An Examination of the Buckhorn-Mesa Watersheds Environmental Impact Statement (U.S.D.A., S.C.S., 1978): A Look at State-of-the-Art Reports

Persistent Link:
http://hdl.handle.net/10150/301181
Title:
An Examination of the Buckhorn-Mesa Watersheds Environmental Impact Statement (U.S.D.A., S.C.S., 1978): A Look at State-of-the-Art Reports
Author:
Altshul, Dale A.
Affiliation:
Water Resources Research Center, University of Arizona, Tucson
Issue Date:
13-Apr-1979
Rights:
Copyright ©, where appropriate, is held by the author.
Collection Information:
This article is part of the Hydrology and Water Resources in Arizona and the Southwest collections. Digital access to this material is made possible by the Arizona-Nevada Academy of Science and the University of Arizona Libraries. For more information about items in this collection, contact anashydrology@gmail.com.
Publisher:
Arizona-Nevada Academy of Science
Journal:
Hydrology and Water Resources in Arizona and the Southwest
Abstract:
The National Environmental Policy Act of 1969 was written with the intent of fostering a spirit of harmony in the day to day operations of Federal agencies with the environmental concerns voiced by the general populace. To examine how Federal agencies have assimilated E.I.S. procedures and guidelines a typical report was reviewed. In general, compliance with environmental law and procedural guidelines was found to be adequate. In some ways, particularly in assessment of Cultural Resource Impact, the statement was exceptional in its evaluation. However, the sections of the report detailing the benefits and costs of the alternatives was not up to the standards expected in an E.I.S. Because the benefits and costs were not calculated in consistent units and the no action alternative was not adequately examined, the entire alternatives section is called to question. By re-evaluating the data provided in the E.I.S. in consistent units, it was found that the alternative selected had neither the highest benefit/ cost ratio nor the lowest environmental impact. It is concluded that alternatives should be as fully evaluated as the project itself in order to integrate environmental considerations into the overall planning process.
Keywords:
Hydrology -- Arizona.; Water resources development -- Arizona.; Hydrology -- Southwestern states.; Water resources development -- Southwestern states.
ISSN:
0272-6106

Full metadata record

DC FieldValue Language
dc.language.isoen_USen_US
dc.titleAn Examination of the Buckhorn-Mesa Watersheds Environmental Impact Statement (U.S.D.A., S.C.S., 1978): A Look at State-of-the-Art Reportsen_US
dc.contributor.authorAltshul, Dale A.en_US
dc.contributor.departmentWater Resources Research Center, University of Arizona, Tucsonen_US
dc.date.issued1979-04-13-
dc.rightsCopyright ©, where appropriate, is held by the author.en_US
dc.description.collectioninformationThis article is part of the Hydrology and Water Resources in Arizona and the Southwest collections. Digital access to this material is made possible by the Arizona-Nevada Academy of Science and the University of Arizona Libraries. For more information about items in this collection, contact anashydrology@gmail.com.en_US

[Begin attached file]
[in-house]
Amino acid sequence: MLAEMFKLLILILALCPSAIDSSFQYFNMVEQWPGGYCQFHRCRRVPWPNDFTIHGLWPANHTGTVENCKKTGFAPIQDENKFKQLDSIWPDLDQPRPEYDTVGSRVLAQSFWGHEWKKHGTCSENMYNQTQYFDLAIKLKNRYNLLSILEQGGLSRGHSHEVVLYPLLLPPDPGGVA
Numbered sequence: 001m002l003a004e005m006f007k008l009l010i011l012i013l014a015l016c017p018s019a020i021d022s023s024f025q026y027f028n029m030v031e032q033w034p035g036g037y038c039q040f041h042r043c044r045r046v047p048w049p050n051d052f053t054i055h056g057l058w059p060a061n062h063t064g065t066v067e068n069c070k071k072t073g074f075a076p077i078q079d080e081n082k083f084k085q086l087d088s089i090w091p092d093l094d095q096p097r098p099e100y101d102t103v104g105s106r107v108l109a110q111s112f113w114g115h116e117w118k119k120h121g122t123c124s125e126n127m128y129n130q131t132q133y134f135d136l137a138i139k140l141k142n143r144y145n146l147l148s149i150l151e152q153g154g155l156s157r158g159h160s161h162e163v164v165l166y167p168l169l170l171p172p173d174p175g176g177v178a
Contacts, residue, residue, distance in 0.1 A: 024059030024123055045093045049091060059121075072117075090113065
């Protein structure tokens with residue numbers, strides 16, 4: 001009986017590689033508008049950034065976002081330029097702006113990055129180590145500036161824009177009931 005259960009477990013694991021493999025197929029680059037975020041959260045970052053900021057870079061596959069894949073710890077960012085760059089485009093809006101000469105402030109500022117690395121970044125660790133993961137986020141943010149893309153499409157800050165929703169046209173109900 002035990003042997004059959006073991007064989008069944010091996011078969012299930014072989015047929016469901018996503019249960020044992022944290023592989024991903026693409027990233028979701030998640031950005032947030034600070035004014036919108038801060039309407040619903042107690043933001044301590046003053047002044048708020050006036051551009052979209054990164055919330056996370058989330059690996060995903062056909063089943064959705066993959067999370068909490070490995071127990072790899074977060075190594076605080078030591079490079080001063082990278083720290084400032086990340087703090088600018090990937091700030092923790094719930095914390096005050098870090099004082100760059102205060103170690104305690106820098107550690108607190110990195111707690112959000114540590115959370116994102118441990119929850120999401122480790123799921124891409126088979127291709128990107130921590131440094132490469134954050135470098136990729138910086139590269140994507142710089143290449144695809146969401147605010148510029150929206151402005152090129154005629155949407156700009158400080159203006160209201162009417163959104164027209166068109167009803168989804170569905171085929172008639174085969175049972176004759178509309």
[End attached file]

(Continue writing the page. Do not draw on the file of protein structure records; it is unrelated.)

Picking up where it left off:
dc.publisherArizona-Nevada Academy of Scienceen_US
dc.identifier.journalHydrology and Water Resources in Arizona and the Southwesten_US
dc.description.abstractThe National Environmental Policy Act of 1969 was written with the intent of fostering a spirit of harmony in the day to day operations of Federal agencies with the environmental concerns voiced by the general populace. To examine how Federal agencies have assimilated E.I.S. procedures and guidelines a typical report was reviewed. In general, compliance with environmental law and procedural guidelines was found to be adequate. In some ways, particularly in assessment of Cultural Resource Impact, the statement was exceptional in its evaluation. However, the sections of the report detailing the benefits and costs of the alternatives was not up to the standards expected in an E.I.S. Because the benefits and costs were not calculated in consistent units and the no action alternative was not adequately examined, the entire alternatives section is called to question. By re-evaluating the data provided in the E.I.S. in consistent units, it was found that the alternative selected had neither the highest benefit/ cost ratio nor the lowest environmental impact. It is concluded that alternatives should be as fully evaluated as the project itself in order to integrate environmental considerations into the overall planning process.en_US
dc.subjectHydrology -- Arizona.en_US
dc.subjectWater resources development -- Arizona.en_US
dc.subjectHydrology -- Southwestern states.en_US
dc.subjectWater resources development -- Southwestern states.en_US
dc.identifier.issn0272-6106-
dc.identifier.urihttp://hdl.handle.net/10150/301181-
dc.identifier.journalHydrology and Water Resources in Arizona and the Southwesten_US
dc.typetexten_US
dc.typeProceedingsen_US
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